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Homeless Youth in Seattle: Planning and Policy-Making at the Local Government Level

NCJ Number
Journal of Adolescent Health Volume: 12 Issue: 7 Dated: special issue (November 1991) Pages: 519-527
D H Smart
Date Published
9 pages
Youth homelessness is a concern in Seattle (Washington) with as many as 2,000 on the street in a year's time, rendering Seattle's service system is overburdened and poorly coordinated.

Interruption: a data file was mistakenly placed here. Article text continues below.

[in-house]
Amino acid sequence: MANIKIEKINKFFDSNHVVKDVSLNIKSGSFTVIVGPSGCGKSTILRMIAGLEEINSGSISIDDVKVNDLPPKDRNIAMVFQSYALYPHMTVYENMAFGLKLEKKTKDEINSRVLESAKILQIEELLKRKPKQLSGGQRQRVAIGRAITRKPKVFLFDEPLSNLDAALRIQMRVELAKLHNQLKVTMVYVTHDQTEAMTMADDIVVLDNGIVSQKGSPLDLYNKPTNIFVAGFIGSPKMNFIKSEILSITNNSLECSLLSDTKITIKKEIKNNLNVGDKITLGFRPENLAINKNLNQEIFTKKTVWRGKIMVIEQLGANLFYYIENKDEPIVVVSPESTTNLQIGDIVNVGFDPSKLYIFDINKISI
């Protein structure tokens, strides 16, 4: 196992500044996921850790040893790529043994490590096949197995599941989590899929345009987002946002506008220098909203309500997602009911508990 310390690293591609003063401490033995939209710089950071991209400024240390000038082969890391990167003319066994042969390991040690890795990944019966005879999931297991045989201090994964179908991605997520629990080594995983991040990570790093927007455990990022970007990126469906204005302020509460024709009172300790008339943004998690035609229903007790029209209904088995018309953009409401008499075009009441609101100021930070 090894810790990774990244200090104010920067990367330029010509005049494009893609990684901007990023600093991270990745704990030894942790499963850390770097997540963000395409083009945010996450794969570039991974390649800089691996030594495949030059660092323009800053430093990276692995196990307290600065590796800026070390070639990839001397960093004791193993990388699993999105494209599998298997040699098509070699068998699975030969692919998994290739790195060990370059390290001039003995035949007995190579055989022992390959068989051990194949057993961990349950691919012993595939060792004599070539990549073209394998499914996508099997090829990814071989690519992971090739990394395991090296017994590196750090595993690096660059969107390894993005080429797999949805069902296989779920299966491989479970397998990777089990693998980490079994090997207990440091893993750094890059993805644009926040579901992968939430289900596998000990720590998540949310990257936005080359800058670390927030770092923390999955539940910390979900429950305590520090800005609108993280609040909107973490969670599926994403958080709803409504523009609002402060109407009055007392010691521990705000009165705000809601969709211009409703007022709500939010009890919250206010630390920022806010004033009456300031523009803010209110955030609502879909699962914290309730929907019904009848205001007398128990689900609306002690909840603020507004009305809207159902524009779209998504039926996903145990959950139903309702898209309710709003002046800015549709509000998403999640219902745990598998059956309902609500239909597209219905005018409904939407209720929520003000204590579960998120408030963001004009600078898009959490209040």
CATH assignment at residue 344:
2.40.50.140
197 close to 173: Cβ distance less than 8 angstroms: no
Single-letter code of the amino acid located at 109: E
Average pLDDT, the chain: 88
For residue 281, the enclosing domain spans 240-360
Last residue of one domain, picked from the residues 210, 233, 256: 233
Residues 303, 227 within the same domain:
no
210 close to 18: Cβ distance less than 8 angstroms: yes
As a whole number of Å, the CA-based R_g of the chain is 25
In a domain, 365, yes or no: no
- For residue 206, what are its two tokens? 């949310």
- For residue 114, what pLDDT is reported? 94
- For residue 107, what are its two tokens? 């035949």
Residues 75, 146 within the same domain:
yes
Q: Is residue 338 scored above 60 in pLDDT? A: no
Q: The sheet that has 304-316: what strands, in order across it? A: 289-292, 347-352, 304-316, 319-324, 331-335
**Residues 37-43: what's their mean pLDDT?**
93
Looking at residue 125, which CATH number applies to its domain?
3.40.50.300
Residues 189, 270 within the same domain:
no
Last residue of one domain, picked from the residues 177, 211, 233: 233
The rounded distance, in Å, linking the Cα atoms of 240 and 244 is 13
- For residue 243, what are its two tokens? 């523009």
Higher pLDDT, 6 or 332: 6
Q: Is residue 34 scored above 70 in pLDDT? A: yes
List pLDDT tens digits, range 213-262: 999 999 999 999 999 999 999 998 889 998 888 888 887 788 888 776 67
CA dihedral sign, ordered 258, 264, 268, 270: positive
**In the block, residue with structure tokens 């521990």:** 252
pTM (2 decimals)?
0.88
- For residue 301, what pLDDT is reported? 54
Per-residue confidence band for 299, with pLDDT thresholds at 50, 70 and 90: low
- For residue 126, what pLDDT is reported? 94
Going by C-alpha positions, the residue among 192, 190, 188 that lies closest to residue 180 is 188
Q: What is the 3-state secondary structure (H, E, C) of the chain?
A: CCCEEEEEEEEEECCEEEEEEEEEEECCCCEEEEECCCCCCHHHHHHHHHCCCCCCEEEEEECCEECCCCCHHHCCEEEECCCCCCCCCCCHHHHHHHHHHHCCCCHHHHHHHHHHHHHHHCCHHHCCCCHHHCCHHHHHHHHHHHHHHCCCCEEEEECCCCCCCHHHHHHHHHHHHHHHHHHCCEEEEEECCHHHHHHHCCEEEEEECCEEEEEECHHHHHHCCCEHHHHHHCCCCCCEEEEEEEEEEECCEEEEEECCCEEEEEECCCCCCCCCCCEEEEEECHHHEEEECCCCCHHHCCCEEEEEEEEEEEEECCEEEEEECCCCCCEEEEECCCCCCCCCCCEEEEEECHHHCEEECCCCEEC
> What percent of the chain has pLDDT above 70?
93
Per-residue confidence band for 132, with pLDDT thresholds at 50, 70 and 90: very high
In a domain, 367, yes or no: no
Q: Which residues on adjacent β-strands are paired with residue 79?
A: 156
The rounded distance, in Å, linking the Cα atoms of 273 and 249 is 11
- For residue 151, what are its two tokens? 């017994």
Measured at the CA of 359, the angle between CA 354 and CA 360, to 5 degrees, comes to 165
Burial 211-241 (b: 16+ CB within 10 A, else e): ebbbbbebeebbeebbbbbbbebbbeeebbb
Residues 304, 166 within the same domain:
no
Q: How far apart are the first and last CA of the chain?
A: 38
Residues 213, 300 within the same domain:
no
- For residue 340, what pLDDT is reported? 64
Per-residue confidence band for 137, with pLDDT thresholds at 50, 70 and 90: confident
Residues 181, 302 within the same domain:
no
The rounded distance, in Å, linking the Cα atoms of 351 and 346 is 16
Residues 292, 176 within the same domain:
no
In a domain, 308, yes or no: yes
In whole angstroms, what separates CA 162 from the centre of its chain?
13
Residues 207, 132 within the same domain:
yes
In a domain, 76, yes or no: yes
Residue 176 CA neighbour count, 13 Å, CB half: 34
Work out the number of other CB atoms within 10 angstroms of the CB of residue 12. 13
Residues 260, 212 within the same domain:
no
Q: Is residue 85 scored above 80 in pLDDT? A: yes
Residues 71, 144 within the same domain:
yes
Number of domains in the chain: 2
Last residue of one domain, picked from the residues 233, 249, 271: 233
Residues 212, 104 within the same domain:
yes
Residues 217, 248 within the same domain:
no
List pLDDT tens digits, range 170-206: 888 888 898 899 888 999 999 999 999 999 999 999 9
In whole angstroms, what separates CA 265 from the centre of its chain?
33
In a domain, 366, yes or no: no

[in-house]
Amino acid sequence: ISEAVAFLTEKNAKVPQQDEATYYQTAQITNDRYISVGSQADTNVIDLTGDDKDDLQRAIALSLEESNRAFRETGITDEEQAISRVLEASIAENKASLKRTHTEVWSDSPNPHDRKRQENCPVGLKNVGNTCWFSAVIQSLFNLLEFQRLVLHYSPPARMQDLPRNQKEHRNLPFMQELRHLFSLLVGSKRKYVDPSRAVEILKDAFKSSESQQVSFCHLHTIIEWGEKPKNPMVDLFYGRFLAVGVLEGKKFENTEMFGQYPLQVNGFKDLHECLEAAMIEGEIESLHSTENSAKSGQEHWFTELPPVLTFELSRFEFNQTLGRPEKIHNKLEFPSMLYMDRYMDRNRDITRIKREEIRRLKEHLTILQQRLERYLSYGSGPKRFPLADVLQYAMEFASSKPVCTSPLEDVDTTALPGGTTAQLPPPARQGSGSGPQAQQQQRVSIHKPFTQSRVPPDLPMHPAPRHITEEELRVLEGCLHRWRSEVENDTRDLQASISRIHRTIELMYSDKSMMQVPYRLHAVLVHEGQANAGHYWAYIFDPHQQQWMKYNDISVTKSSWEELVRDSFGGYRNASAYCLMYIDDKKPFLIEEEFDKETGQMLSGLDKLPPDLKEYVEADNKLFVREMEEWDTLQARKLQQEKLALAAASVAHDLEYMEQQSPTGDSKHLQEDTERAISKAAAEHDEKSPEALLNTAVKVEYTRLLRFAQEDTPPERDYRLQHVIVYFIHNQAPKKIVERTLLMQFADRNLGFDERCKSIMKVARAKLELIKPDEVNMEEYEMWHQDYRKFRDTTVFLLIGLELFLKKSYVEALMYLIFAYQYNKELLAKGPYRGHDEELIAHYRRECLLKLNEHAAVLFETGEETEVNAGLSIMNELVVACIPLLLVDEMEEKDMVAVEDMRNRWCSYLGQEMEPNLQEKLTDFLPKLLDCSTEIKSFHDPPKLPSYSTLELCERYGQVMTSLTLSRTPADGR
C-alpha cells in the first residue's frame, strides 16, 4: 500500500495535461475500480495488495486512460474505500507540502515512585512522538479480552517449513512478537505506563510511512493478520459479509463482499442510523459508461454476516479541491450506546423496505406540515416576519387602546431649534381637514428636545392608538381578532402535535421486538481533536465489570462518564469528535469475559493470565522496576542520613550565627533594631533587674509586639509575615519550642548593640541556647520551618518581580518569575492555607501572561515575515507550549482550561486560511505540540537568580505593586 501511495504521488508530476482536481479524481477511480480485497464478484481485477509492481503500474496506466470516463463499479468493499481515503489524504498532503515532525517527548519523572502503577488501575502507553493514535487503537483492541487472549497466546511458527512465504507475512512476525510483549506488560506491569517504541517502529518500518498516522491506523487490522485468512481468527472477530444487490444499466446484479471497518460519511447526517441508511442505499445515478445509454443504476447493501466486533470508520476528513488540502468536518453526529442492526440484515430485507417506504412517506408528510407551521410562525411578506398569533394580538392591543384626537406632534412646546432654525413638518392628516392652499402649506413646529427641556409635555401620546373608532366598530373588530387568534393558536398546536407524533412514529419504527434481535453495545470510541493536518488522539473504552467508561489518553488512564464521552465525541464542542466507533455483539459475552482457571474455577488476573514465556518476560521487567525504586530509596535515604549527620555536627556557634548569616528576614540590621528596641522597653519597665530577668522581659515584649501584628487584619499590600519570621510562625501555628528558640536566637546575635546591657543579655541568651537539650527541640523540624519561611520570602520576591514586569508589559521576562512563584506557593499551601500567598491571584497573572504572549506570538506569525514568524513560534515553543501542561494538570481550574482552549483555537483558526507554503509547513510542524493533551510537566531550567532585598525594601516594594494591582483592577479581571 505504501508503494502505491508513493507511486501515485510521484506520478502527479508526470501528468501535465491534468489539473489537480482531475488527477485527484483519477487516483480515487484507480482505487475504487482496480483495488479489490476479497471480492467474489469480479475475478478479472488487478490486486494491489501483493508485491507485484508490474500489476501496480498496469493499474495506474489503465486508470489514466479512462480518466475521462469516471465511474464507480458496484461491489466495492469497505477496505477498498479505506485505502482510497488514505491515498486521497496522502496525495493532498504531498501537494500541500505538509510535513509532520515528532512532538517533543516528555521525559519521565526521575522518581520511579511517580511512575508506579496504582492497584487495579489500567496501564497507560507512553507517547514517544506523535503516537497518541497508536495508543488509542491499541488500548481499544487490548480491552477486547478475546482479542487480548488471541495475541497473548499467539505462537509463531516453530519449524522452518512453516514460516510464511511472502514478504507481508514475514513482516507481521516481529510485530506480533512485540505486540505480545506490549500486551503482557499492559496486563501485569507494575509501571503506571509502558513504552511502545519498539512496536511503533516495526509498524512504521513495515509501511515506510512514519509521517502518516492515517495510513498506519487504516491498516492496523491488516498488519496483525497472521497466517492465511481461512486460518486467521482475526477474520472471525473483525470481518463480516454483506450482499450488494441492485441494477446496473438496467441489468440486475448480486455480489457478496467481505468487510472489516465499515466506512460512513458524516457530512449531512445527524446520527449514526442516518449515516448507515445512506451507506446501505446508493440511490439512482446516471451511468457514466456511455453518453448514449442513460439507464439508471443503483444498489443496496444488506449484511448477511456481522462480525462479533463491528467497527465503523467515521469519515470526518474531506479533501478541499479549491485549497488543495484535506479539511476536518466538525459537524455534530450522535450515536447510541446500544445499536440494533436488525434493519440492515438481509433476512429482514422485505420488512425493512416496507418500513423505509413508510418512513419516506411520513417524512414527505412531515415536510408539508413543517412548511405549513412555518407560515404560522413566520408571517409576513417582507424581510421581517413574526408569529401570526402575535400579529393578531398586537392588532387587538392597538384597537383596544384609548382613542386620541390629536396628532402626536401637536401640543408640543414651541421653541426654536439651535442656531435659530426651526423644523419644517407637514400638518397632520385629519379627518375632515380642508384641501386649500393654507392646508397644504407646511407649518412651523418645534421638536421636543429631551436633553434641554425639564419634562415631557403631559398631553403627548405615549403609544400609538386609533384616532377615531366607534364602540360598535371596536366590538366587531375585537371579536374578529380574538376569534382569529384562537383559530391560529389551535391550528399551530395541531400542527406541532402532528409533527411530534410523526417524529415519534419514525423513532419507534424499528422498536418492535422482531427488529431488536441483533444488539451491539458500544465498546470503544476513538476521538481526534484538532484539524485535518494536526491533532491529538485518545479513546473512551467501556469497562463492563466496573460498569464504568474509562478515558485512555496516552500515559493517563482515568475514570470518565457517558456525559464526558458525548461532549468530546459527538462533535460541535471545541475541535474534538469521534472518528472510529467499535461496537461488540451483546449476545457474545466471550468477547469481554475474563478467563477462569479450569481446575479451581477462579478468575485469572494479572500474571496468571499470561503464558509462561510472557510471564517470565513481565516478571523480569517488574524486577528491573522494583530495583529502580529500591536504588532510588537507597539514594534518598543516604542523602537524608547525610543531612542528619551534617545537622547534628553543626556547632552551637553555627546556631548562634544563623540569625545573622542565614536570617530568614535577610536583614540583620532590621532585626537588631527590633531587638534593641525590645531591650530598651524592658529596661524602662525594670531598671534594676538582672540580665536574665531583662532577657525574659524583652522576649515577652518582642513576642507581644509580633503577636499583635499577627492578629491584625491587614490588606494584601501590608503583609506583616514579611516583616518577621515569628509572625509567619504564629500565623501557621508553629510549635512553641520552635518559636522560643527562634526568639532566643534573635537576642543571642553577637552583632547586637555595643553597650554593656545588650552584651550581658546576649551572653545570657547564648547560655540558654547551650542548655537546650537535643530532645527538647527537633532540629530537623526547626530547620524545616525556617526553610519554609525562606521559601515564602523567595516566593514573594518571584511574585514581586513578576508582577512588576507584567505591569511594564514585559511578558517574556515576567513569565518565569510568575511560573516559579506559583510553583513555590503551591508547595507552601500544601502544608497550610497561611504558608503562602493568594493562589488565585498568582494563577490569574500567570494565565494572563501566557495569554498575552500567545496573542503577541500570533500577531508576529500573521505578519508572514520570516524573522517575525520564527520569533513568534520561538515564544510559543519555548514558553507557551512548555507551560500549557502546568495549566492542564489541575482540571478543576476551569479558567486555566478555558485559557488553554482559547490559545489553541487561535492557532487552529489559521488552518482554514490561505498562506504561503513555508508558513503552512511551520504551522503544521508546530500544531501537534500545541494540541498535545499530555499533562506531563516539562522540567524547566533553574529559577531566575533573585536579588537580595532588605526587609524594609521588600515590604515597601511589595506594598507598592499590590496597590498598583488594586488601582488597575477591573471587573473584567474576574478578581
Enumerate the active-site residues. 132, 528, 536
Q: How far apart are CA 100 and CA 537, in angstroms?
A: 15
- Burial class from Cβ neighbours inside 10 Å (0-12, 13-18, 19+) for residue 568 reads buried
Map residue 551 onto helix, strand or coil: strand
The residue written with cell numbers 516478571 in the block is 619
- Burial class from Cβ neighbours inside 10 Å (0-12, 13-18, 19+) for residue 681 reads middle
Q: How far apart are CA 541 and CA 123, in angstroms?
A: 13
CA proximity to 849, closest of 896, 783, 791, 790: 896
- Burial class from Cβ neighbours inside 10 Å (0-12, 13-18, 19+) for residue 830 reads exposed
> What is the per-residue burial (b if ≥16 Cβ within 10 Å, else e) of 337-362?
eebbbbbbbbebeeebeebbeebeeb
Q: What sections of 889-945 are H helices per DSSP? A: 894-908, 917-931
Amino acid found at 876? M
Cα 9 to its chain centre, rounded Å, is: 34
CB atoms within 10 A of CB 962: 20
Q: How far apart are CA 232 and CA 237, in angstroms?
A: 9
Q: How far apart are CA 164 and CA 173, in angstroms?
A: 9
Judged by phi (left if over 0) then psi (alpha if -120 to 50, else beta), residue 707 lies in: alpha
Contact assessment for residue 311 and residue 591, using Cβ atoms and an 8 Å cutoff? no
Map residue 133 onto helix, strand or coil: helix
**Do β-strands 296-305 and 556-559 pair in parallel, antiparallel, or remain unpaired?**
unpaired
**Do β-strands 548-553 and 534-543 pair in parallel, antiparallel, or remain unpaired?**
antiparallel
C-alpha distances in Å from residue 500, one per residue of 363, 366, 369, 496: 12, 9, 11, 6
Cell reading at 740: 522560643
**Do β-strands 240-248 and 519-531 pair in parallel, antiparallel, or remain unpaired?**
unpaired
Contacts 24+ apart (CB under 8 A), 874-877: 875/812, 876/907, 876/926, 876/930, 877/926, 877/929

According to a 1985 study of 640 youth in King County who were determined to be absent from their legal residence during a 12-month period, the average ages for girls and boys were 15.6 years and 16.2 years, respectively. More than half of the youth reported a history of physical or sexual abuse, and more than half had dropped out of or been suspended from school. Of the 640 youth, 63 percent were involved with drugs or alcohol, and 43 percent had been involved with the juvenile justice system. Seattle's Health Care for the Homeless project provides assessment and screening, nursing care, mental health and substance abuse counseling, and referral and followup. The continuum of care for homeless youth, funded by Federal, State, county, and city governments, includes preventive and early intervention efforts, emergency assistance, stabilization, and transitional services. Despite Seattle's efforts to deal with the problem of homeless youth, a number of issues work against the community. The responsibility for helping youth and their families rests with many individuals and organizations, but there is little consensus on functions and duties. In addition, different sectors of the community hold opposite views on how best to intervene with young people who are chronic runaways or on the street. A policy framework to address the needs of homeless youth is recommended that focuses on a regional network of services, filling identified gaps in the service system, programs that are sensitive to ethnic and cultural concerns, and mechanisms that increase coordination within the system and improve the continuum of services. 14 references and 4 figures


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